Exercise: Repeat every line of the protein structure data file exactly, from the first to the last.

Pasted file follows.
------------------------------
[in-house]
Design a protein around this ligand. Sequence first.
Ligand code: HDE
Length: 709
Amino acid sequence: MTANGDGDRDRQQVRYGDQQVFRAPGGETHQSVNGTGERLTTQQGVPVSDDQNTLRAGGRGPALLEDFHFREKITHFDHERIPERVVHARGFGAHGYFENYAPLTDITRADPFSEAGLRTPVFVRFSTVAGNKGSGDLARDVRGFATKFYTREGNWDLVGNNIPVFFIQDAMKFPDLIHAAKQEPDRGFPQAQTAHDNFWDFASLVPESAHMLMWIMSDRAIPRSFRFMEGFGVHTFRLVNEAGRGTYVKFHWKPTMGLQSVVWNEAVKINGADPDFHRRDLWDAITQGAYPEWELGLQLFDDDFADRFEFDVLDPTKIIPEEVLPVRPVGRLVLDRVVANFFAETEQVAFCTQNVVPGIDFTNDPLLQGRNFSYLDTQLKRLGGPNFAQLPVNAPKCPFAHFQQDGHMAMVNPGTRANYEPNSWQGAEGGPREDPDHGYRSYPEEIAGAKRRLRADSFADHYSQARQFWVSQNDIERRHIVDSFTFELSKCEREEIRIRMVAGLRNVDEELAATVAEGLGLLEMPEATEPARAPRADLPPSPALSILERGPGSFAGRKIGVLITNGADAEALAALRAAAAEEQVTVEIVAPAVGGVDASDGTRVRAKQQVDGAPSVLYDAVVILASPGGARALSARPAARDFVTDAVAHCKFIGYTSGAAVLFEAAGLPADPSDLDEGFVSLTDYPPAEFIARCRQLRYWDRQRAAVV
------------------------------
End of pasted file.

[in-house]
Design a protein around this ligand. Sequence first.
Ligand code: HDE
Length: 709
Amino acid sequence: MTANGDGDRDRQQVRYGDQQVFRAPGGETHQSVNGTGERLTTQQGVPVSDDQNTLRAGGRGPALLEDFHFREKITHFDHERIPERVVHARGFGAHGYFENYAPLTDITRADPFSEAGLRTPVFVRFSTVAGNKGSGDLARDVRGFATKFYTREGNWDLVGNNIPVFFIQDAMKFPDLIHAAKQEPDRGFPQAQTAHDNFWDFASLVPESAHMLMWIMSDRAIPRSFRFMEGFGVHTFRLVNEAGRGTYVKFHWKPTMGLQSVVWNEAVKINGADPDFHRRDLWDAITQGAYPEWELGLQLFDDDFADRFEFDVLDPTKIIPEEVLPVRPVGRLVLDRVVANFFAETEQVAFCTQNVVPGIDFTNDPLLQGRNFSYLDTQLKRLGGPNFAQLPVNAPKCPFAHFQQDGHMAMVNPGTRANYEPNSWQGAEGGPREDPDHGYRSYPEEIAGAKRRLRADSFADHYSQARQFWVSQNDIERRHIVDSFTFELSKCEREEIRIRMVAGLRNVDEELAATVAEGLGLLEMPEATEPARAPRADLPPSPALSILERGPGSFAGRKIGVLITNGADAEALAALRAAAAEEQVTVEIVAPAVGGVDASDGTRVRAKQQVDGAPSVLYDAVVILASPGGARALSARPAARDFVTDAVAHCKFIGYTSGAAVLFEAAGLPADPSDLDEGFVSLTDYPPAEFIARCRQLRYWDRQRAAVV